The Arbitration Panel determined the damages due to the claimant by calculating the claimant’s projected earnings over twenty (20) years, less capital and operating expenditure, assuming perfect market conditions. The Panel assumed that the yet to be built plant would have been delivered on time and would operate at 93% uptime for the twenty-year duration whilst the average global oil price remained above $100 (One Hundred US Dollars) for the same duration. Everything we know about the volatility of the oil and gas industry in Nigeria leads one to believe that the former assumption is based on nothing if not ephemeral hope. Already, the latter assumption has been rubbished by the real price of crude oil in the global markets since the determination of the final award. Yet, the award calculated using these fundamentally flawed indices still stands. This is neither fair nor just and we ought not to accept it without objection

We must all at this time avert our minds to the best options for resolution of this matter in a manner that protects the genuine commercial interests of the claimants without causing any more injury to the Nigerian state and the Nigerian people. Already, there are multiple appeals against both the arbitration award and the enforcement order by the British courts. As it is to the National Assembly, that the constitution of Nigeria grants the power of the purse, it is my opinion that the Assembly ought to be party to all ongoing litigation whether by means of joinder or by initiating fresh action. Whilst we await the final determination of these matters in the court of law, simultaneous diplomatic back-channel discussions must be ongoing. We must approach these talks with all options on the table, recognising the urgency of the situation and dire consequences of failure.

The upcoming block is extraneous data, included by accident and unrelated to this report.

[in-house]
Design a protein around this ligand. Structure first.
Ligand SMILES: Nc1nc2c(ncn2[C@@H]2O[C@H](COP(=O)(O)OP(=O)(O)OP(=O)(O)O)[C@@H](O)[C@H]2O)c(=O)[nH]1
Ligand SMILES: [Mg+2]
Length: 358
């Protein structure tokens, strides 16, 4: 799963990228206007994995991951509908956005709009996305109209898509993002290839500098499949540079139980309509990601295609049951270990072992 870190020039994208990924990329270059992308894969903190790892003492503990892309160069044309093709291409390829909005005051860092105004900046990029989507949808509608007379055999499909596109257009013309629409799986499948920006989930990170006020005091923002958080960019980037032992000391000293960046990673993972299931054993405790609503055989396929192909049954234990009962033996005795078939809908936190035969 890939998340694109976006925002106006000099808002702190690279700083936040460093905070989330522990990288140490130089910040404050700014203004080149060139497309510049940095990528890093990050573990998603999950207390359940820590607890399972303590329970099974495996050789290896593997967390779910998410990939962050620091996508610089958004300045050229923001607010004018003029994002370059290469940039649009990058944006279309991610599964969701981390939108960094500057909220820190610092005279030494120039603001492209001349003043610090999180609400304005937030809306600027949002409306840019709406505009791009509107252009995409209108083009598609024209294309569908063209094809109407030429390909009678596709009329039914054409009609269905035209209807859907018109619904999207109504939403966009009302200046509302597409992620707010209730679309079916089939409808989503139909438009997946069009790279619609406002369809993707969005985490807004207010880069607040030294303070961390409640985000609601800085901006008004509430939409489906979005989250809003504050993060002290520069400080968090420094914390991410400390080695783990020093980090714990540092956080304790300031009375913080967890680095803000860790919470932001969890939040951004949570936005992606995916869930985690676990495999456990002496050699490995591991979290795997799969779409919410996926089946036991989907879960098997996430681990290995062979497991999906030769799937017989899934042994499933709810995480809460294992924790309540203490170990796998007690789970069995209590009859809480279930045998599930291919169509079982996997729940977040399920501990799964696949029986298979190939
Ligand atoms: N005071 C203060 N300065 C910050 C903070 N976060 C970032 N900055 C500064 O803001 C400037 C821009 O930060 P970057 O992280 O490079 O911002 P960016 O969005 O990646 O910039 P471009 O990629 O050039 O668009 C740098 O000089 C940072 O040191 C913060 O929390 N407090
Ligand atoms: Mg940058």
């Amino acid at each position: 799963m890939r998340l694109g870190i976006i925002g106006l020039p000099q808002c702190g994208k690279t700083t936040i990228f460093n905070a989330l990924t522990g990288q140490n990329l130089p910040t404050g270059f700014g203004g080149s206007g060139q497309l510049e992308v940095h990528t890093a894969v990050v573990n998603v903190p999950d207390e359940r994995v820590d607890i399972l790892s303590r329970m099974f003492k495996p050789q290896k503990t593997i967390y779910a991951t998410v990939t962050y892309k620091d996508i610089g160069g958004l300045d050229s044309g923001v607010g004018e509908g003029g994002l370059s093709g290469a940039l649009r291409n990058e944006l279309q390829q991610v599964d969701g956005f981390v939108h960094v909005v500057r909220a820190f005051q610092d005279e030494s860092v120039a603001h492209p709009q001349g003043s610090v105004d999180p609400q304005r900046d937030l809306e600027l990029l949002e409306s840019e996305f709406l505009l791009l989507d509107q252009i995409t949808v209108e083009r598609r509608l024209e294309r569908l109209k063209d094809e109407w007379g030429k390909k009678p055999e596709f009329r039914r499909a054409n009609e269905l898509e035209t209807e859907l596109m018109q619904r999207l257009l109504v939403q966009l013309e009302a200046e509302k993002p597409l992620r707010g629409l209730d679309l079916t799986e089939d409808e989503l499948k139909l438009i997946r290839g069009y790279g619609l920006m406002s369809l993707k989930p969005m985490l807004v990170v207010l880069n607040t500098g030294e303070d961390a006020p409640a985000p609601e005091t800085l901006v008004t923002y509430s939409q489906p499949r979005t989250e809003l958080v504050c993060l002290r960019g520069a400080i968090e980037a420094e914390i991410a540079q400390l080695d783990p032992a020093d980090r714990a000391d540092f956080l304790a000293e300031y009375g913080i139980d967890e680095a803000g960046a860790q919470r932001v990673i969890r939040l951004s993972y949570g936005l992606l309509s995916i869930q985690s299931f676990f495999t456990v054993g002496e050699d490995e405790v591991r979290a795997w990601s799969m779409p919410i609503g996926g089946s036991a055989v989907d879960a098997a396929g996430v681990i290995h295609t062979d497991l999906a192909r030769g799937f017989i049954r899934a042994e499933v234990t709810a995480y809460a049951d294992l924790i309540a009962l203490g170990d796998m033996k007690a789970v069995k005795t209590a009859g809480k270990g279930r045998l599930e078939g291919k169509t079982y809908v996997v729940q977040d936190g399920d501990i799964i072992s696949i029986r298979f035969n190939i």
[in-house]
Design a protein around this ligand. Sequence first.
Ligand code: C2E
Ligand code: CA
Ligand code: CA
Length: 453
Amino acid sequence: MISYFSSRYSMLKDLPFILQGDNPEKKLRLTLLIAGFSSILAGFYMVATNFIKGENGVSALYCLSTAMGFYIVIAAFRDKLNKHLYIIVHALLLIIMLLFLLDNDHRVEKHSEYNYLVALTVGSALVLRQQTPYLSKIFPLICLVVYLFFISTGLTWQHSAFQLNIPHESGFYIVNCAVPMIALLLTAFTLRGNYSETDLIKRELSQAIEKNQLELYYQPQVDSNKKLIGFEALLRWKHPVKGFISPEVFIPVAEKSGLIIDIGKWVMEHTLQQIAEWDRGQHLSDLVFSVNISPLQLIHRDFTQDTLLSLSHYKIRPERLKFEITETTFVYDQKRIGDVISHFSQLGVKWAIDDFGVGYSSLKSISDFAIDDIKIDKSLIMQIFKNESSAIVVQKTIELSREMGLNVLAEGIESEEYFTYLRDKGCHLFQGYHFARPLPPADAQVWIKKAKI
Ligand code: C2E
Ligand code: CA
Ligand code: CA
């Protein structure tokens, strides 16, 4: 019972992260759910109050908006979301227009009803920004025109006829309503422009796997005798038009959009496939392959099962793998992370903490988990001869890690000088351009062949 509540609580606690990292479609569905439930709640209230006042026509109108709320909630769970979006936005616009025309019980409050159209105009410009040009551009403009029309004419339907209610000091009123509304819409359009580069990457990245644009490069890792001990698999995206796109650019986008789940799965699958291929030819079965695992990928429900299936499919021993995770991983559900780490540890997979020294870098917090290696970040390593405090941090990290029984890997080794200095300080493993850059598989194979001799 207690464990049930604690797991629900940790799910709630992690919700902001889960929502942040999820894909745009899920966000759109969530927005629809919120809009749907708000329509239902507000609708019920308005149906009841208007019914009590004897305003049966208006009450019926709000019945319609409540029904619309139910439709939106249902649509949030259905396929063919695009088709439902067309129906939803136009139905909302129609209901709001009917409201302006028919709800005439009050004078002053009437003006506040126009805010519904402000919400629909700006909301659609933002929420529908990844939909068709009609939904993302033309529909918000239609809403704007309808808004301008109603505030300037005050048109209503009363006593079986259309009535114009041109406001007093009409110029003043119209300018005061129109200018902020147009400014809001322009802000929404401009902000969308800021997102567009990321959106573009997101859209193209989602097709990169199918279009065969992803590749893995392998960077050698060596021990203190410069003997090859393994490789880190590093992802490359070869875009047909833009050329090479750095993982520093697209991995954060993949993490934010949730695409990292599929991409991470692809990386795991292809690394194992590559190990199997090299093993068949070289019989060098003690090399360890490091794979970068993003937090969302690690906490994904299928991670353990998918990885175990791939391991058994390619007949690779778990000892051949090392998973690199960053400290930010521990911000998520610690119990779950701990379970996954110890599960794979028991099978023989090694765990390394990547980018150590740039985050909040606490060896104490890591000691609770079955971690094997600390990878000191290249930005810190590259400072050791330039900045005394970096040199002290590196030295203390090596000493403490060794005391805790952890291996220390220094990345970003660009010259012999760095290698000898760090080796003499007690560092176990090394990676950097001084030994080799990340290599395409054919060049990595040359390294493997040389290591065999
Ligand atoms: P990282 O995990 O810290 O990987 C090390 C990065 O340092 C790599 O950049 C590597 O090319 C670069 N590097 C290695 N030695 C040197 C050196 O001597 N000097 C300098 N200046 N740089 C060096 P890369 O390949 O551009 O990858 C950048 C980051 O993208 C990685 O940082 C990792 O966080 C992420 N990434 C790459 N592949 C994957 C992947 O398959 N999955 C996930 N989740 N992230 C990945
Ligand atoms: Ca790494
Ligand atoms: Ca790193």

I am heartened by the fact that the Economic and Financial Crimes Commission (EFCC) has commenced a criminal investigation into the circumstances of the contract between the Federal Government of Nigeria and Process & Industrial Development Ltd. I hope that this investigation will be conducted expeditiously and with due care so that where anyone is found liable for negligence, recklessness or less than professional conduct such a person will be made to face the full wrath of the law as a deterrent to others. Those who are elected and appointed to represent the interests of the people of Nigeria must recognise that they are rightly held to higher expectations, and they must live up to those expectations.

Beyond the present matter, there is a need for the National Assembly to begin a comprehensive review of all protocols, treaties, and agreements signed by the country over the years whether or not ratified as it may be time to opt-out of those that may no longer serve our country’s interest. Time sometimes may change the dynamics and make such agreements less favourable to us as a country. Treaties are not in perpetuity and a country cannot be held in bondage by virtue of having signed one. The United States of America has a long history of conducting such reviews and acting in the best interests of the nation. Most recently, by withdrawing from the Joint Comprehensive Plan of Action known commonly as the Iran nuclear deal and withdrawing also from the North American Free Trade Agreement (NAFTA), with the latter now being renegotiated in view of present realities. This is the same approach we must adopt in the best interests of the Nigerian people.